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The woman caught in adultery was an unnamed woman whom Jesus saved from being stoned to death by the Jewish religious leaders. When the Jewish religious leaders dragged the adulterous woman before Jesus, He did not question her guilt.
However, the entire situation reeked of injustice—which Jesus masterfully exposed in His response. The adulterous woman provided the bait in the Pharisees’ trap. Aside from this, nothing is known about her—or how the religious leaders managed to catch her “in the act” of committing adultery. They pretended to be concerned with fidelity to the Law of Moses, yet nothing could have been further from the truth. Otherwise, they would have apprehended the guilty man as well, since the Law held both parties accountable in cases of adultery
“If a man commits adultery with another man’s wife–the wife, say, of his neighbor–both the man and the woman, the adulterer and adulteress, must be put to death. (Leviticus 20:10).
The religious leaders intended to use the woman’s plight in order to trap Jesus in a no-win situation. If He disagreed with the suggestion that she be stoned, He would be accused of going against the Torah—the very Law He had come to “fulfill”
“Don’t suppose for a minute that I have come to demolish the Scriptures–either God’s Law or the Prophets. I’m not here to demolish but to complete. I am going to put it all together, pull it all together in a vast panorama ( Matthew 5:17).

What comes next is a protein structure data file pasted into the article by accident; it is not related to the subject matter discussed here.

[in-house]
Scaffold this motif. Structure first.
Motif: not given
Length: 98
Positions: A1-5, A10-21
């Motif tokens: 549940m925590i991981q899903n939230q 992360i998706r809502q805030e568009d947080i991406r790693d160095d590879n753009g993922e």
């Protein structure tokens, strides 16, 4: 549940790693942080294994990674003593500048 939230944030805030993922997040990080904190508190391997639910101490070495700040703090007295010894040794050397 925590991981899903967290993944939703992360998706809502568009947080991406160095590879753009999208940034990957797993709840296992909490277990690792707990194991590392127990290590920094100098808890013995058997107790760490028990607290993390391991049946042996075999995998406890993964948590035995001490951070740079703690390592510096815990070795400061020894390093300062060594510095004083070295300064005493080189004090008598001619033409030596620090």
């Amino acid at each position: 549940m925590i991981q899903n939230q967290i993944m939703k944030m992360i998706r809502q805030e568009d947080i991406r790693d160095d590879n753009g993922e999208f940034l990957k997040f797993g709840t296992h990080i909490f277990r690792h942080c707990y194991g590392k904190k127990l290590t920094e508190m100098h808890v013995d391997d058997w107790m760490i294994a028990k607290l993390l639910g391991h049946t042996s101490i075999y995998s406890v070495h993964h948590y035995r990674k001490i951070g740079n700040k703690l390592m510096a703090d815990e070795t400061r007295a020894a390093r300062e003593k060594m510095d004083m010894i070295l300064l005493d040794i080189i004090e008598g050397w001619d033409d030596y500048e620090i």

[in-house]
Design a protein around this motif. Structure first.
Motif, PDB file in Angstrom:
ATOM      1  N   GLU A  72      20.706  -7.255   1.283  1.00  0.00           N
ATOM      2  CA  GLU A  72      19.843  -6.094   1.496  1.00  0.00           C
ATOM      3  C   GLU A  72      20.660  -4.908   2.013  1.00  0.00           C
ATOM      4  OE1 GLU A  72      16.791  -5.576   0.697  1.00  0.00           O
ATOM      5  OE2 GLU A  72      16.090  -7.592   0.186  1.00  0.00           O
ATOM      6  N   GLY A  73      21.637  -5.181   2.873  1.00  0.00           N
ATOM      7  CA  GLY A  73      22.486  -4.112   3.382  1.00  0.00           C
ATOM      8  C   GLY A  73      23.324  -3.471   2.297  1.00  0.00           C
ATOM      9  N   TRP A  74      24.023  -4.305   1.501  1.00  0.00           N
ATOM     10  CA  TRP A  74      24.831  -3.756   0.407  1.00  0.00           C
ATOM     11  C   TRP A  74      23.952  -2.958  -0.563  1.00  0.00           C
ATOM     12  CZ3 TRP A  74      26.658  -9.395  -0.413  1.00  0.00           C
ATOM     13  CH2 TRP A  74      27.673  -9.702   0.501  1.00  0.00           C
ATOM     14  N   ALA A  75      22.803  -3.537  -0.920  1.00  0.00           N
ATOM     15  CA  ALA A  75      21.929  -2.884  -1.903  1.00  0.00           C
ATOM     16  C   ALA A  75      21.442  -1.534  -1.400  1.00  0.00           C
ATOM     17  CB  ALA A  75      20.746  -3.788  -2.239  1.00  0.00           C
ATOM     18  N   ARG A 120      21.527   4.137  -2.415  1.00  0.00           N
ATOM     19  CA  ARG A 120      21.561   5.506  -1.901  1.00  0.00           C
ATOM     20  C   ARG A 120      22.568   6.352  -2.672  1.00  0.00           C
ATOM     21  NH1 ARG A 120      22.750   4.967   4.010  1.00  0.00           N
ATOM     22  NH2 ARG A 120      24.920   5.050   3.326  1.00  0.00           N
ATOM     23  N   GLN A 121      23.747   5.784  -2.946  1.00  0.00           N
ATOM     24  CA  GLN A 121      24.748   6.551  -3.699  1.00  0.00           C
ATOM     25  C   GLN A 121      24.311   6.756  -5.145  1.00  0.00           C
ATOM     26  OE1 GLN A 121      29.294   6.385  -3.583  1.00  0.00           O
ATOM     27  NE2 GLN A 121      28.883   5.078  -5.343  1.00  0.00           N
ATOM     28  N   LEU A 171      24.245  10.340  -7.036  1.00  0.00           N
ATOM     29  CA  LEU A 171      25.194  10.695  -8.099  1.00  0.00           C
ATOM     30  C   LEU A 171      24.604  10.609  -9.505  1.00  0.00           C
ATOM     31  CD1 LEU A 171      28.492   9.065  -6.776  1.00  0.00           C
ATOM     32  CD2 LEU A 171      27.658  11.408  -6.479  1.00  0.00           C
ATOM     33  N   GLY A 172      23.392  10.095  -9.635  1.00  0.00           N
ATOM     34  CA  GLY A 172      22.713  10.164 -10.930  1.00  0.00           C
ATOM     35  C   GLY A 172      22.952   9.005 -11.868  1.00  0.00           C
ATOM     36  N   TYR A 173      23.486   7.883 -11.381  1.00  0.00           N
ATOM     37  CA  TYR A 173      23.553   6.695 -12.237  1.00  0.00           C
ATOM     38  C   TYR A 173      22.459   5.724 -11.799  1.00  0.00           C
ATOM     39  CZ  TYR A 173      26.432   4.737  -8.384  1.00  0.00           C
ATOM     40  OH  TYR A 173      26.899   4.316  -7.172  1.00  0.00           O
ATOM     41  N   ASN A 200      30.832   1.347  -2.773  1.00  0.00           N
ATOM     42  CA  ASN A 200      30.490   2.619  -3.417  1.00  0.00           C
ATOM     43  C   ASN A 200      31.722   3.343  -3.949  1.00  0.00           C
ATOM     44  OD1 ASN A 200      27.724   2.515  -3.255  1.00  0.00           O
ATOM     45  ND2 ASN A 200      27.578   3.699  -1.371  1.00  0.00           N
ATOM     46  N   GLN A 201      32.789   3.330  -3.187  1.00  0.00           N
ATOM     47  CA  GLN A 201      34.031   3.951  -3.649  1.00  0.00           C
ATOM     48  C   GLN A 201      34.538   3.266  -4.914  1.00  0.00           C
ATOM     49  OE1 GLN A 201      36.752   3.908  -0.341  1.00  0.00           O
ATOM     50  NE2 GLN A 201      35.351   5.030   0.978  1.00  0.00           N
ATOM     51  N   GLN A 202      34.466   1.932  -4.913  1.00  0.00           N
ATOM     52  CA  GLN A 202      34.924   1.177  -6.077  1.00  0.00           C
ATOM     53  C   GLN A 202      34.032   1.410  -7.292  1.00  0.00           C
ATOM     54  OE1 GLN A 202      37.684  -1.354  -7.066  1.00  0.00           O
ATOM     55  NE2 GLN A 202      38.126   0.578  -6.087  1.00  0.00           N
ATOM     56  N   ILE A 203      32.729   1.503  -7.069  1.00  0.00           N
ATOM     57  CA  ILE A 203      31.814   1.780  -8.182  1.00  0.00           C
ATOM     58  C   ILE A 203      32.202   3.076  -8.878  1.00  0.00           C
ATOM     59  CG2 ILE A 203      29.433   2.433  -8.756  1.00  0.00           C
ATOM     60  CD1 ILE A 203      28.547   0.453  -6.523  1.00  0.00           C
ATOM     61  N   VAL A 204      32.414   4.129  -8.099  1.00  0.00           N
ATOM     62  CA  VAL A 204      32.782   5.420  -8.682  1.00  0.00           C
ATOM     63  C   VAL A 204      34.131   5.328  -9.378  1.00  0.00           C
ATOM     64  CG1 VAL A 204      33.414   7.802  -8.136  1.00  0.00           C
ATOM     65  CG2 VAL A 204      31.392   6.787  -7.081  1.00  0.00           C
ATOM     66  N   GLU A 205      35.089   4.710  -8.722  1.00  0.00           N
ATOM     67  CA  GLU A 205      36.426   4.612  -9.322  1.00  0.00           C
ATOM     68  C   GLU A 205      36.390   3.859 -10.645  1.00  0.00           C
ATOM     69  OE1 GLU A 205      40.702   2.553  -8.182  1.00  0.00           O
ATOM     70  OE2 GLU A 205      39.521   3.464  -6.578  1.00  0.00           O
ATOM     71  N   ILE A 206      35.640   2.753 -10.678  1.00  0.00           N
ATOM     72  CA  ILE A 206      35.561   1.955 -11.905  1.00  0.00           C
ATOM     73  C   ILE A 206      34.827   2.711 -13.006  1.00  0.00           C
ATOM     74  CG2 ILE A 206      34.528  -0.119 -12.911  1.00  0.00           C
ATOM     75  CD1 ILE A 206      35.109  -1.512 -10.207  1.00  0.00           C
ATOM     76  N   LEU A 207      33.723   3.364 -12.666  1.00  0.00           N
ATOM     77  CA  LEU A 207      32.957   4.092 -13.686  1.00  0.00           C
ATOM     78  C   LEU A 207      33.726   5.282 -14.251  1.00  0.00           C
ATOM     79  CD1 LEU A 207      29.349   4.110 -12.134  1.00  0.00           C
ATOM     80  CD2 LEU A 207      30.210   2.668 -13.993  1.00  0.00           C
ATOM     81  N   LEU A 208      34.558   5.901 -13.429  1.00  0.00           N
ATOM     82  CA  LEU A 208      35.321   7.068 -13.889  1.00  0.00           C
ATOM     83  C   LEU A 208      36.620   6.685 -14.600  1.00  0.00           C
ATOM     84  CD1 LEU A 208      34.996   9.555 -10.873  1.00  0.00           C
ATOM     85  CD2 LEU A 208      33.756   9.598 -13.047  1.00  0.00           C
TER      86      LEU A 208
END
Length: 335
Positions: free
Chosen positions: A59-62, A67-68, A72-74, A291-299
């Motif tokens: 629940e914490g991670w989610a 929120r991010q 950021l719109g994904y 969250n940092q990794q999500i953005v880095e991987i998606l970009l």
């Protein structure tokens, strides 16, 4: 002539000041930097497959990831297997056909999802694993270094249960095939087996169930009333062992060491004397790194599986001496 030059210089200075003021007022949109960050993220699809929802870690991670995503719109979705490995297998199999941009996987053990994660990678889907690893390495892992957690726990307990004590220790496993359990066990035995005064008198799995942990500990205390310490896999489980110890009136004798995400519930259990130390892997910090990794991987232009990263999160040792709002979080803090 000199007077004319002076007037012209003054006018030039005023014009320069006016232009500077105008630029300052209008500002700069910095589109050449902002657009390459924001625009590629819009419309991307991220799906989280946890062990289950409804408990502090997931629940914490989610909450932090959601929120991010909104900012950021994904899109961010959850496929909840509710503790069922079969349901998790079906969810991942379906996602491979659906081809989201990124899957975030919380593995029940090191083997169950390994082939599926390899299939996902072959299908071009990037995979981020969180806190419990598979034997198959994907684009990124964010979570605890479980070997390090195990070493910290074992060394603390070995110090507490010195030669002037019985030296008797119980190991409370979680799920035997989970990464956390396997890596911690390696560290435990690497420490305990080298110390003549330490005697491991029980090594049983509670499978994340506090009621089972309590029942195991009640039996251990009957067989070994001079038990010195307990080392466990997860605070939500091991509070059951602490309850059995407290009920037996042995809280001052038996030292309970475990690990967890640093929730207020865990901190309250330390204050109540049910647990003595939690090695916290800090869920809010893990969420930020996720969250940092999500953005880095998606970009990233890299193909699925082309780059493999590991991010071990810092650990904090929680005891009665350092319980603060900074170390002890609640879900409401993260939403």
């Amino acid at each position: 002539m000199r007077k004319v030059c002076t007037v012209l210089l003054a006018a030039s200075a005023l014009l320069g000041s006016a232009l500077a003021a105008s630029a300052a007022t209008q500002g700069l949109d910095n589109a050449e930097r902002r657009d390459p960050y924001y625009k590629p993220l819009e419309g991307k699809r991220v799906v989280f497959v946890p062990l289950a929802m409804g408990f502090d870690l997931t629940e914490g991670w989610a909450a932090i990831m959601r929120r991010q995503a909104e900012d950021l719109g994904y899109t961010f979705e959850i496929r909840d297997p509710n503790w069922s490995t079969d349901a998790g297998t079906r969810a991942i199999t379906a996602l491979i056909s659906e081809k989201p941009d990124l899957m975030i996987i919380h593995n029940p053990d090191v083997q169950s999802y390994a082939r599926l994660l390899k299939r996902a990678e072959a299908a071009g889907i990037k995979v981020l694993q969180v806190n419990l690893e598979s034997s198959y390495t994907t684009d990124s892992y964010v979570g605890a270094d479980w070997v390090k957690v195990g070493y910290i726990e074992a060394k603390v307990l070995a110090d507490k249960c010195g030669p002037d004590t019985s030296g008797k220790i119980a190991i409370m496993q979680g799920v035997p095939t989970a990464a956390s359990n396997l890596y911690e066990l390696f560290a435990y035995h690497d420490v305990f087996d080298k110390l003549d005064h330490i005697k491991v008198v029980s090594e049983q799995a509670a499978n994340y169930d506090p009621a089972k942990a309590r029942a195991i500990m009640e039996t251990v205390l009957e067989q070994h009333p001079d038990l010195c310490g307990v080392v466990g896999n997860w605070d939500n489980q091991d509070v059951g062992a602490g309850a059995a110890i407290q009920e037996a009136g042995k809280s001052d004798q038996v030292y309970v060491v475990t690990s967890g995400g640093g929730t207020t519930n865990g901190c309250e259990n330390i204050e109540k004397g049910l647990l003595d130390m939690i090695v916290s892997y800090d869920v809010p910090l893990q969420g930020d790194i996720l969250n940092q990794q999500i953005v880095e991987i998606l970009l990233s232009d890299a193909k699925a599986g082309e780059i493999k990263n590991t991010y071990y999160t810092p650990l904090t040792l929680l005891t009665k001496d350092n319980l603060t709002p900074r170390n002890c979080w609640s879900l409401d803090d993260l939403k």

But if Jesus agreed with their sentence, He would be challenging the power of Rome, which had the exclusive authority to mete out capital punishment.
Perhaps the woman held her breath as Jesus invited the religious leaders to stone her—provided they were without sin themselves, that is.
According to Jesus, only a righteous judge would do—and the only truly righteous judge in their midst (the Lord Himself) chose not to throw any stones. Instead, having silenced His opponents, Jesus sent the woman on her way, with the loving admonition to leave behind the destructive life that had gotten her into this mess in the first place.
The earliest manuscripts of John do not contain this story of the woman caught in adultery. As further evidence that it was not original to John’s Gospel, some experts note that the first verse (John 7:53) does not fit the preceding context. However, the story is consistent with the overall life and teachings of Jesus, leading a number of scholars to conclude that it is nonetheless authentic—just misplaced somehow. (There’s even one family of manuscripts that puts the story at the end of Luke 21.)